Chigorin Defense

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For the Chigorin Variation of the Ruy Lopez, see Ruy Lopez#Chigorin Variation.
Chigorin Defense
a b c d e f g h
8
Chessboard480.svg
a8 black rook
c8 black bishop
d8 black queen
e8 black king
f8 black bishop
g8 black knight
h8 black rook
a7 black pawn
b7 black pawn
c7 black pawn
e7 black pawn
f7 black pawn
g7 black pawn
h7 black pawn
c6 black knight
d5 black pawn
c4 white pawn
d4 white pawn
a2 white pawn
b2 white pawn
e2 white pawn
f2 white pawn
g2 white pawn
h2 white pawn
a1 white rook
b1 white knight
c1 white bishop
d1 white queen
e1 white king
f1 white bishop
g1 white knight
h1 white rook
8
7 7
6 6
5 5
4 4
3 3
2 2
1 1
a b c d e f g h
Moves 1.d4 d5 2.c4 Nc6
ECO D07
Named after Mikhail Chigorin
Parent Queen's Gambit

The Chigorin Defense is a chess opening named for 19th century Russian grandmaster Mikhail Chigorin. An uncommonly played defense to the Queen's Gambit, it begins with the moves:

1. d4 d5
2. c4 Nc6

The Chigorin Defense violates several classical principles: Black does not maintain the center pawn at d5, the c-pawn is blocked, and Black must be willing to trade a bishop for a knight. (Chigorin valued the bishop pair less than most chess masters; some say he even preferred knights to bishops in all positions.[citation needed]) In return Black gets quick development and piece pressure on the center.

Although opening assessments change as improvements are found for each side, the Chigorin is generally considered playable for Black and it is useful as a surprise weapon against the Queen's Gambit. Alexander Morozevich is perhaps the only modern grandmaster who regularly plays the Chigorin Defense, although in the 1980s, Vasily Smyslov did employ the opening against Garry Kasparov. Morozevich has also published a book on the Chigorin Defence,[1] in which he gives both a theoretical and a personal view on the opening.


Main variations[edit]

The Chigorin Defense has the ECO classification D07. Because the Chigorin is an unusual defense, the theory of this opening is not as well developed as that for more popular openings.

After 1.d4 d5 2.c4 Nc6 some of the most commonly played variations are:

3.Nc3[edit]

  • 3...Nf6 4.cxd5 Nxd5 5.e4 Nxc3 6.bxc3 e5 7.d5 Nb8 or 7.Nf3 exd4.
  • 3...dxc4 (or Nf6) 4.Nf3 Nf6 (or dxc4) 5.e4 Bg4 6.Be3 e6 7.Bxc4 Bb4 is a position that occurs very frequently in current practice.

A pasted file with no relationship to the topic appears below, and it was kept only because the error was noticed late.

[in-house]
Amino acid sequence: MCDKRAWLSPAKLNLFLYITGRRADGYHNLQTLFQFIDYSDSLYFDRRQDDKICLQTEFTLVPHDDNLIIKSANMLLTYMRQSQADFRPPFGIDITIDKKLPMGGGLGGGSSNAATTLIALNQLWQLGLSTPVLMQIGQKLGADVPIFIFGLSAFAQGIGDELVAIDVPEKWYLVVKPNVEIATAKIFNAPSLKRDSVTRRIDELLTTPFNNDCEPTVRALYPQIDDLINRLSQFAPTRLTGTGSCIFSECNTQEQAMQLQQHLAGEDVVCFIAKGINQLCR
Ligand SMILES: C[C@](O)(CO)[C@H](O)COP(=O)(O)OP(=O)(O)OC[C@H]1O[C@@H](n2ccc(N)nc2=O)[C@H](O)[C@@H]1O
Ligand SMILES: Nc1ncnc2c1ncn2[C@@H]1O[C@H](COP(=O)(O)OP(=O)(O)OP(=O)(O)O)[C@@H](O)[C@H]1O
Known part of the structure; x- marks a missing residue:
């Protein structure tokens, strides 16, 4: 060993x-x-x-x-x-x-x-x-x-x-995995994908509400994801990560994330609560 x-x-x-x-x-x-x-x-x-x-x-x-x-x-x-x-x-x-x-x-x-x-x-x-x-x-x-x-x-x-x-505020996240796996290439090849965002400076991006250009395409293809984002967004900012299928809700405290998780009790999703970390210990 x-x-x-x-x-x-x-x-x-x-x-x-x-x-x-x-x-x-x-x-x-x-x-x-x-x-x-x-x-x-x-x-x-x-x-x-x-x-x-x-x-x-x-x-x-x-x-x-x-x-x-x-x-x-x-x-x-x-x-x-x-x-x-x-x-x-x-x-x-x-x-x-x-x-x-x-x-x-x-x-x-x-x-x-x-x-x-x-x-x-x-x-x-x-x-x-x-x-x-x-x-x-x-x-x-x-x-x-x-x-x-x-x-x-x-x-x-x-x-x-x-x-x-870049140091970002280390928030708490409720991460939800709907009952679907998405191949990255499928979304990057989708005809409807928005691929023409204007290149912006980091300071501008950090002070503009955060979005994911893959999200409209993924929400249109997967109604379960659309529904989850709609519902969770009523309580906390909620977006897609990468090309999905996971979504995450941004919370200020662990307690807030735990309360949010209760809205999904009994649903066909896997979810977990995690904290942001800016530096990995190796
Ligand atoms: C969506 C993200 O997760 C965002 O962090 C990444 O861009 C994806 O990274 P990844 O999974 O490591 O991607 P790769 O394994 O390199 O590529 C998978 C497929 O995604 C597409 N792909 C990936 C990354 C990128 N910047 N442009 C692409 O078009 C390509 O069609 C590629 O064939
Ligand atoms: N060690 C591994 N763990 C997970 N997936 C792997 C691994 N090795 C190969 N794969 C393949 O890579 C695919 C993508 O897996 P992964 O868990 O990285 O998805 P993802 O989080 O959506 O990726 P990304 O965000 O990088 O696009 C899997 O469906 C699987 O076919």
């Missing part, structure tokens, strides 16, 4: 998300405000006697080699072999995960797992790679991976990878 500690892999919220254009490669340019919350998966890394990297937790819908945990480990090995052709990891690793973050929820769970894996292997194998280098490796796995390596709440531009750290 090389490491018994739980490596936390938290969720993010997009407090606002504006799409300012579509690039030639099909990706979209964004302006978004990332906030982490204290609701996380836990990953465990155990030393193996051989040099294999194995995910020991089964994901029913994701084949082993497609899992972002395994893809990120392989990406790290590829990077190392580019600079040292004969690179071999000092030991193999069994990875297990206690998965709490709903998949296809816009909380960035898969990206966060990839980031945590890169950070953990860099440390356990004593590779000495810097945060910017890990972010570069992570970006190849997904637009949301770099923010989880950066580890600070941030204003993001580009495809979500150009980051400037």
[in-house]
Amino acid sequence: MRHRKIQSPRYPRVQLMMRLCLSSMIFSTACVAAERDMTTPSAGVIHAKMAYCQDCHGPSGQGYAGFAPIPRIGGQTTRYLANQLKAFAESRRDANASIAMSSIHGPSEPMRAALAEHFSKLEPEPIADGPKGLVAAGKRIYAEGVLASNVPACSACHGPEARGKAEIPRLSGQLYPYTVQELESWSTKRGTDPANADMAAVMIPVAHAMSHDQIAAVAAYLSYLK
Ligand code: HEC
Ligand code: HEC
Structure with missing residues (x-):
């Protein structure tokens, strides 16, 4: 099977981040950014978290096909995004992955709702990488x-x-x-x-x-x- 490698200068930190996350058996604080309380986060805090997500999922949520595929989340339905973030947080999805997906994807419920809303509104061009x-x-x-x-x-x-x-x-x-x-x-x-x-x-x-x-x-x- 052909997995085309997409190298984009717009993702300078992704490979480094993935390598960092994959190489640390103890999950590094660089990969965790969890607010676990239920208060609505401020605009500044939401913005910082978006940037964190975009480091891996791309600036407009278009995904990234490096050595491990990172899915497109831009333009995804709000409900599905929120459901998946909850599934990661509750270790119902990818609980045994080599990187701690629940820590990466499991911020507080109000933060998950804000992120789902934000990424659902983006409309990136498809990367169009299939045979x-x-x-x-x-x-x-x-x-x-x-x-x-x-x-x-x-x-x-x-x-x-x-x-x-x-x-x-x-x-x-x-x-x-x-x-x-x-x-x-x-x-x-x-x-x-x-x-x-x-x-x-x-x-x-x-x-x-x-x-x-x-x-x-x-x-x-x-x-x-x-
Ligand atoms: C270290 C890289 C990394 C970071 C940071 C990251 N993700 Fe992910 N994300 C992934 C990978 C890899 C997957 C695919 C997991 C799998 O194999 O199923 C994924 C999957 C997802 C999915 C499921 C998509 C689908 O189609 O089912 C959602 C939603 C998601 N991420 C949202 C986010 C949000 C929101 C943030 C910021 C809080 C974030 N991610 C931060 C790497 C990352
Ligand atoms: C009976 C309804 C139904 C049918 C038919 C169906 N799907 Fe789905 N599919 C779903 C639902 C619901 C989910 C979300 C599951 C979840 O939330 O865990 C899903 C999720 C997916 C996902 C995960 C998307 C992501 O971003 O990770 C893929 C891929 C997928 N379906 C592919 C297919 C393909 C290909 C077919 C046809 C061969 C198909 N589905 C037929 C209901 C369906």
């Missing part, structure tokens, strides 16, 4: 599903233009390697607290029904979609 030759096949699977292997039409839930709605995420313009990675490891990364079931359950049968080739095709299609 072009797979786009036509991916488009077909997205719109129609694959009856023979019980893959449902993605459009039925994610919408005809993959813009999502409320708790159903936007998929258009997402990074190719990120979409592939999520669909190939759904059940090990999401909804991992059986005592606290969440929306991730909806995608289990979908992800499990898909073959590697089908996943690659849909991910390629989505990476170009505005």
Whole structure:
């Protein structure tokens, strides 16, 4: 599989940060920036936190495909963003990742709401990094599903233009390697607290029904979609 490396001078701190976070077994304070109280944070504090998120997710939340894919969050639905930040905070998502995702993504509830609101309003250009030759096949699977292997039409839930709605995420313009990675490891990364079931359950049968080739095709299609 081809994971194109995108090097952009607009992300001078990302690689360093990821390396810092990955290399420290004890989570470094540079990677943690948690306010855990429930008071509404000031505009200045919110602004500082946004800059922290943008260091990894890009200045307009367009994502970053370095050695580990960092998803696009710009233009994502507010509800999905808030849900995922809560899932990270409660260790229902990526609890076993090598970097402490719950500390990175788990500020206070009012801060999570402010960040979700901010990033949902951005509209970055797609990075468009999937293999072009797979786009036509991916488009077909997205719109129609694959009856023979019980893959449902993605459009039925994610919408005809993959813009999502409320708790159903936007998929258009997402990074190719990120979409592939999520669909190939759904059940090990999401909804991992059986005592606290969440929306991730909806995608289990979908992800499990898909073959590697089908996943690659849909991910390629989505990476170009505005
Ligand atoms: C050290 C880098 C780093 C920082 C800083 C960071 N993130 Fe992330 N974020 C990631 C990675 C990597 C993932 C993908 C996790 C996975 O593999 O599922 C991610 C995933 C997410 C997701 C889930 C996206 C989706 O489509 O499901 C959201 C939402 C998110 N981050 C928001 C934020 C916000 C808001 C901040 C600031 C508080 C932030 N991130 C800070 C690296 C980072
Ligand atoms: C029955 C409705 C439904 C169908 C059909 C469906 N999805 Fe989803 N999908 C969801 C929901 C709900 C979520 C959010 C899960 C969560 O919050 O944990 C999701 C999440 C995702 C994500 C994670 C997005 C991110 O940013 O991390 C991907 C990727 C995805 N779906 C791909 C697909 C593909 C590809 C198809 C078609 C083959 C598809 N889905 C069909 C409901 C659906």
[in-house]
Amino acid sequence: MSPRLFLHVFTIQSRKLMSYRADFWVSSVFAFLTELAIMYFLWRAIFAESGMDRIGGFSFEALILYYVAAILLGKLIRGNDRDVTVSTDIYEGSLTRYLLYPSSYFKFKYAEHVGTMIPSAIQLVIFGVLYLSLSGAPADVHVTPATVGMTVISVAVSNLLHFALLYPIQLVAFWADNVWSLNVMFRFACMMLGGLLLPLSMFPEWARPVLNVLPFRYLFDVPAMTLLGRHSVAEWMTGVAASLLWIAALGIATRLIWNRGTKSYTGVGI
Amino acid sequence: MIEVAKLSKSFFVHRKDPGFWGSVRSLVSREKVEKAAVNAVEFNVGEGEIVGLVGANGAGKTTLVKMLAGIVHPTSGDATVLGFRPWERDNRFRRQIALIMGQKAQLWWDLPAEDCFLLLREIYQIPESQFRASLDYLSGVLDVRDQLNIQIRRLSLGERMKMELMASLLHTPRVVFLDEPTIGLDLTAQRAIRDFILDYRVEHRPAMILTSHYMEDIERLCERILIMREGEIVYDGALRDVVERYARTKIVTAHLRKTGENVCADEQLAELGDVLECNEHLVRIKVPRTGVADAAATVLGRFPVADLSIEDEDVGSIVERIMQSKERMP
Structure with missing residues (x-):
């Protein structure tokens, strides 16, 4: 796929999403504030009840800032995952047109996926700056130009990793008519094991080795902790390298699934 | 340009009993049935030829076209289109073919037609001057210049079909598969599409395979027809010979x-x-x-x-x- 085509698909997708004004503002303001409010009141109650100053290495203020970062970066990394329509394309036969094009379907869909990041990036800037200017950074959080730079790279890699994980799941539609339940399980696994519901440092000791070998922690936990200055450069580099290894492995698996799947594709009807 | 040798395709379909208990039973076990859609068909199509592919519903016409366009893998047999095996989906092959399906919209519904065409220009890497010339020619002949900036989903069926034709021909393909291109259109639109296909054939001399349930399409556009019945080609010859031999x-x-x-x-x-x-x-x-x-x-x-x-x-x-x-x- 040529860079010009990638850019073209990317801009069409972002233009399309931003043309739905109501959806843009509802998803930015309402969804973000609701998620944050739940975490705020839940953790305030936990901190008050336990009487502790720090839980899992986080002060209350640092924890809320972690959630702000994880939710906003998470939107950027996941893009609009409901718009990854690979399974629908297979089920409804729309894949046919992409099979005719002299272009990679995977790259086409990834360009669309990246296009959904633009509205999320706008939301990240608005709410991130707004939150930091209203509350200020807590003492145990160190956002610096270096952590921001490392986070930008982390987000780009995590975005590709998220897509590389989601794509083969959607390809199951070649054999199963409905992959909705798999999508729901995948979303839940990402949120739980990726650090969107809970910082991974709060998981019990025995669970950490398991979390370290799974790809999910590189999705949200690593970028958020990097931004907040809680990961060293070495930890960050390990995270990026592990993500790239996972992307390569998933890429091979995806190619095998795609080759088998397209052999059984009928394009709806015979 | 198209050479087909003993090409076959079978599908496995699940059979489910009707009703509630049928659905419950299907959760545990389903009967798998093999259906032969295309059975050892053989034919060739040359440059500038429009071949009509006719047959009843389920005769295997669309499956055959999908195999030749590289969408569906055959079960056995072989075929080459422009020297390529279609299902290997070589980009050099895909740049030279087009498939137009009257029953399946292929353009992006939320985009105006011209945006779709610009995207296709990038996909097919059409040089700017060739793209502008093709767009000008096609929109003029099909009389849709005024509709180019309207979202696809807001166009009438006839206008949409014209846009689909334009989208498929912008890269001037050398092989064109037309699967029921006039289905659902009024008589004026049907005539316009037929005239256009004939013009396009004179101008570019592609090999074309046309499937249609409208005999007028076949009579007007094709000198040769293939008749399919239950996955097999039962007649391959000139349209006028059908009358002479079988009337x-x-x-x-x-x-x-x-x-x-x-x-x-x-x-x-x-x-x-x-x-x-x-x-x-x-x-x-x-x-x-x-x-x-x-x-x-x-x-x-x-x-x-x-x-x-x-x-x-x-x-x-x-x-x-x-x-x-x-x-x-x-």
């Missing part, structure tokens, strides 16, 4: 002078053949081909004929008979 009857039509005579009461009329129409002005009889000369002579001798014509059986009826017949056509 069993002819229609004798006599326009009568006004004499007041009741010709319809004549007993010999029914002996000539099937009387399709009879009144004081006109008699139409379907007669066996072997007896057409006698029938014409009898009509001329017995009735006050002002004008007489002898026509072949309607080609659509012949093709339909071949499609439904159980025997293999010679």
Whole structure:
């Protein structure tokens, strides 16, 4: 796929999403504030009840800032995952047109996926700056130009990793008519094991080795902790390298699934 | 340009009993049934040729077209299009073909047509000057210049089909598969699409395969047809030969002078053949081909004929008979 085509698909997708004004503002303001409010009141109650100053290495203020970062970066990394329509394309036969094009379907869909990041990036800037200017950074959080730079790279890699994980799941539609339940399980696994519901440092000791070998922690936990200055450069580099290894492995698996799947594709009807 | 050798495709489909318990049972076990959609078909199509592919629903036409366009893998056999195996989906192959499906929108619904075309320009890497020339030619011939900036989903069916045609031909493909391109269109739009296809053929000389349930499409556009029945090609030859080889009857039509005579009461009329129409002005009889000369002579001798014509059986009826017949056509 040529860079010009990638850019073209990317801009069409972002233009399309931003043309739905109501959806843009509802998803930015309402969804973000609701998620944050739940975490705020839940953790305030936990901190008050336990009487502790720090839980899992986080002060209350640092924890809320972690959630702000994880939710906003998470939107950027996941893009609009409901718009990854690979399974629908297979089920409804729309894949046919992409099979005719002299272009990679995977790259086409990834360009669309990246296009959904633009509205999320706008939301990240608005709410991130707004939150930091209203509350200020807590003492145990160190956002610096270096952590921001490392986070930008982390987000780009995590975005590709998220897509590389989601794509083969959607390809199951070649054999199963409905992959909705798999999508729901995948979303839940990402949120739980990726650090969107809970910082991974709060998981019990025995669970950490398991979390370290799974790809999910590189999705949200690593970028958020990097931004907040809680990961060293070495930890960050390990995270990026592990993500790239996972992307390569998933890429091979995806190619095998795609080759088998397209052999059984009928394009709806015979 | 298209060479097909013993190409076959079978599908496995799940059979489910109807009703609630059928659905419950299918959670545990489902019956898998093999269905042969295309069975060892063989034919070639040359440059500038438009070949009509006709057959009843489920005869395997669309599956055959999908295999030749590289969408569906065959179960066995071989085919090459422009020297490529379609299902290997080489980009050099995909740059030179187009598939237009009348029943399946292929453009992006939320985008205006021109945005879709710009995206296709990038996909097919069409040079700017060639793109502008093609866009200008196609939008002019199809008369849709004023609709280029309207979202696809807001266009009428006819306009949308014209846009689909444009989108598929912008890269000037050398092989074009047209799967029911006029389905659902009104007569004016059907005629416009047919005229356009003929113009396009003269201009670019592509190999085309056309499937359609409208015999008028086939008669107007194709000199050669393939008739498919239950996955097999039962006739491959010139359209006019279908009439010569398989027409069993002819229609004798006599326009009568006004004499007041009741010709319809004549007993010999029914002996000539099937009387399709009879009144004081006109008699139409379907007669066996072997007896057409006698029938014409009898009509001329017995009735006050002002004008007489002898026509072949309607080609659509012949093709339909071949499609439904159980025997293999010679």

3.Nf3[edit]

a b c d e f g h
8
Chessboard480.svg
a8 black rook
d8 black queen
e8 black king
f8 black bishop
g8 black knight
h8 black rook
a7 black pawn
b7 black pawn
c7 black pawn
e7 black pawn
f7 black pawn
g7 black pawn
h7 black pawn
c6 black knight
d5 white pawn
d4 white pawn
f3 black bishop
a2 white pawn
b2 white pawn
e2 white pawn
f2 white pawn
g2 white pawn
h2 white pawn
a1 white rook
b1 white knight
c1 white bishop
d1 white queen
e1 white king
f1 white bishop
h1 white rook
8
7 7
6 6
5 5
4 4
3 3
2 2
1 1
a b c d e f g h
3.Nf3 Bg4 4.cxd5 Bxf3
a b c d e f g h
8
Chessboard480.svg
a8 black rook
c8 black bishop
e8 black king
g8 black knight
h8 black rook
a7 black pawn
b7 black pawn
c7 black pawn
f7 black pawn
g7 black pawn
h7 black pawn
c6 black knight
d5 black queen
e5 black pawn
d4 white pawn
c3 black bishop
e3 white pawn
a2 white pawn
b2 white pawn
d2 white bishop
f2 white pawn
g2 white pawn
h2 white pawn
a1 white rook
d1 white queen
e1 white king
f1 white bishop
g1 white knight
h1 white rook
8
7 7
6 6
5 5
4 4
3 3
2 2
1 1
a b c d e f g h
3.cxd5 Qxd5 4.e3 e5 5.Nc3 Bb4 6.Bd2 Bxc3
  • 3...Bg4 4.cxd5 Bxf3 (see first diagram)
    • 5.gxf3 Qxd5 6.e3 and now Black has two very different, but proven ways of playing 6...e5 7.Nc3 Bb4 and 6...e6 7.Nc3 Qh5.
    • 5.dxc6 Bxc6 6.Nc3 and Black has now two well established options 6...Nf6 and 6...e6.
  • 3...e6 is a bad move.

3.cxd5 Qxd5[edit]

  • 4.e3 e5 5.Nc3 Bb4 6.Bd2 Bxc3 (see second diagram)
    • 7.bxc3 and now black's main moves are 7...Nf6 and 7...Qd6.
    • 7.Bxc3 has received considerable attention in recent years and 7...exd4 8.Ne2 Nf6 9.Nxd4 0-0 seems to be considered Black's most reliable choice, but the sharper 8...Bg4 is also sometimes played.
  • 4. Nf3

Notes[edit]

  1. ^ Alexander Morozevich & Vladimir Barskij, The Chigorin Defence According to Morozevich, 2007

References[edit]

Further reading[edit]

External links[edit]